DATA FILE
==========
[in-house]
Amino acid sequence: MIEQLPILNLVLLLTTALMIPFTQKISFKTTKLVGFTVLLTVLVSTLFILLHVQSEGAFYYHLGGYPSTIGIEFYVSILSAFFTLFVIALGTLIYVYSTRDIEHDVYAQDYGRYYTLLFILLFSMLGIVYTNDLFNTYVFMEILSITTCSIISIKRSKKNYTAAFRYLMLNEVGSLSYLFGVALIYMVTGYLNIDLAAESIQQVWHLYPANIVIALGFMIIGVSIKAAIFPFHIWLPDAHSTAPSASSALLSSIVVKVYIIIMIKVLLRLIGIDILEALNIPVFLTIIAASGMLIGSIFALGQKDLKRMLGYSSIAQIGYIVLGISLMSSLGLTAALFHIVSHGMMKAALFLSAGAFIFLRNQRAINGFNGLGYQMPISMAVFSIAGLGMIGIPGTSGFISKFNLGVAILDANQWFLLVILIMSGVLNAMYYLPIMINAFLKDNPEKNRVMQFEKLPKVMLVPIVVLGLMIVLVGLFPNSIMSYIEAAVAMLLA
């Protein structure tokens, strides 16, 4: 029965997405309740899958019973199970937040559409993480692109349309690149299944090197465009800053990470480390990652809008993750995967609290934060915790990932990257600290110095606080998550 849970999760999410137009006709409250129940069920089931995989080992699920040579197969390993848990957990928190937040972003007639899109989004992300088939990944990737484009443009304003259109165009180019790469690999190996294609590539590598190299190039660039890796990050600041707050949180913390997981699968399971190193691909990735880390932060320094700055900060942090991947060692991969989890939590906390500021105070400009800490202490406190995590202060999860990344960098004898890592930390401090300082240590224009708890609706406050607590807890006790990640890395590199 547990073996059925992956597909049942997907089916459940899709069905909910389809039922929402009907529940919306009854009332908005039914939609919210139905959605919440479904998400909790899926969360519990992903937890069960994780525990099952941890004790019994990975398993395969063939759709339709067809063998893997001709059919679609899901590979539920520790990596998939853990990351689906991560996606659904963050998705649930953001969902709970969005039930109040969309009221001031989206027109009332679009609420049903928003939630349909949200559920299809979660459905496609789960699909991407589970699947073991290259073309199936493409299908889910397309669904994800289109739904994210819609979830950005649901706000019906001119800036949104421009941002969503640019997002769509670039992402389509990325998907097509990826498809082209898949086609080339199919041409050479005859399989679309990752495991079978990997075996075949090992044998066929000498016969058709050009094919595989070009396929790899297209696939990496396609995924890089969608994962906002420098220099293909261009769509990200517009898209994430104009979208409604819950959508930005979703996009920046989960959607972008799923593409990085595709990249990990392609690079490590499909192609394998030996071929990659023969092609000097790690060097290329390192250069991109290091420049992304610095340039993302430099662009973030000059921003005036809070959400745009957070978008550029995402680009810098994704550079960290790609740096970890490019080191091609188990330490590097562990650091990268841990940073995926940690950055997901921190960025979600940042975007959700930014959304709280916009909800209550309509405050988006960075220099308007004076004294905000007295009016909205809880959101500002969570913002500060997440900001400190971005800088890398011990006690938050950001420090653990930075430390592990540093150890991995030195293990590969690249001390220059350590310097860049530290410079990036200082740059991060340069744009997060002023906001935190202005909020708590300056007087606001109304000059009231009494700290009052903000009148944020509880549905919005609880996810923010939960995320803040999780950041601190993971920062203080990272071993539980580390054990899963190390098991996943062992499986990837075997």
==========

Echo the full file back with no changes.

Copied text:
[in-house]
Amino acid sequence: MIEQLPILNLVLLLTTALMIPFTQKISFKTTKLVGFTVLLTVLVSTLFILLHVQSEGAFYYHLGGYPSTIGIEFYVSILSAFFTLFVIALGTLIYVYSTRDIEHDVYAQDYGRYYTLLFILLFSMLGIVYTNDLFNTYVFMEILSITTCSIISIKRSKKNYTAAFRYLMLNEVGSLSYLFGVALIYMVTGYLNIDLAAESIQQVWHLYPANIVIALGFMIIGVSIKAAIFPFHIWLPDAHSTAPSASSALLSSIVVKVYIIIMIKVLLRLIGIDILEALNIPVFLTIIAASGMLIGSIFALGQKDLKRMLGYSSIAQIGYIVLGISLMSSLGLTAALFHIVSHGMMKAALFLSAGAFIFLRNQRAINGFNGLGYQMPISMAVFSIAGLGMIGIPGTSGFISKFNLGVAILDANQWFLLVILIMSGVLNAMYYLPIMINAFLKDNPEKNRVMQFEKLPKVMLVPIVVLGLMIVLVGLFPNSIMSYIEAAVAMLLA
């Protein structure tokens, strides 16, 4: 029965997405309740899958019973199970937040559409993480692109349309690149299944090197465009800053990470480390990652809008993750995967609290934060915790990932990257600290110095606080998550 849970999760999410137009006709409250129940069920089931995989080992699920040579197969390993848990957990928190937040972003007639899109989004992300088939990944990737484009443009304003259109165009180019790469690999190996294609590539590598190299190039660039890796990050600041707050949180913390997981699968399971190193691909990735880390932060320094700055900060942090991947060692991969989890939590906390500021105070400009800490202490406190995590202060999860990344960098004898890592930390401090300082240590224009708890609706406050607590807890006790990640890395590199 547990073996059925992956597909049942997907089916459940899709069905909910389809039922929402009907529940919306009854009332908005039914939609919210139905959605919440479904998400909790899926969360519990992903937890069960994780525990099952941890004790019994990975398993395969063939759709339709067809063998893997001709059919679609899901590979539920520790990596998939853990990351689906991560996606659904963050998705649930953001969902709970969005039930109040969309009221001031989206027109009332679009609420049903928003939630349909949200559920299809979660459905496609789960699909991407589970699947073991290259073309199936493409299908889910397309669904994800289109739904994210819609979830950005649901706000019906001119800036949104421009941002969503640019997002769509670039992402389509990325998907097509990826498809082209898949086609080339199919041409050479005859399989679309990752495991079978990997075996075949090992044998066929000498016969058709050009094919595989070009396929790899297209696939990496396609995924890089969608994962906002420098220099293909261009769509990200517009898209994430104009979208409604819950959508930005979703996009920046989960959607972008799923593409990085595709990249990990392609690079490590499909192609394998030996071929990659023969092609000097790690060097290329390192250069991109290091420049992304610095340039993302430099662009973030000059921003005036809070959400745009957070978008550029995402680009810098994704550079960290790609740096970890490019080191091609188990330490590097562990650091990268841990940073995926940690950055997901921190960025979600940042975007959700930014959304709280916009909800209550309509405050988006960075220099308007004076004294905000007295009016909205809880959101500002969570913002500060997440900001400190971005800088890398011990006690938050950001420090653990930075430390592990540093150890991995030195293990590969690249001390220059350590310097860049530290410079990036200082740059991060340069744009997060002023906001935190202005909020708590300056007087606001109304000059009231009494700290009052903000009148944020509880549905919005609880996810923010939960995320803040999780950041601190993971920062203080990272071993539980580390054990899963190390098991996943062992499986990837075997």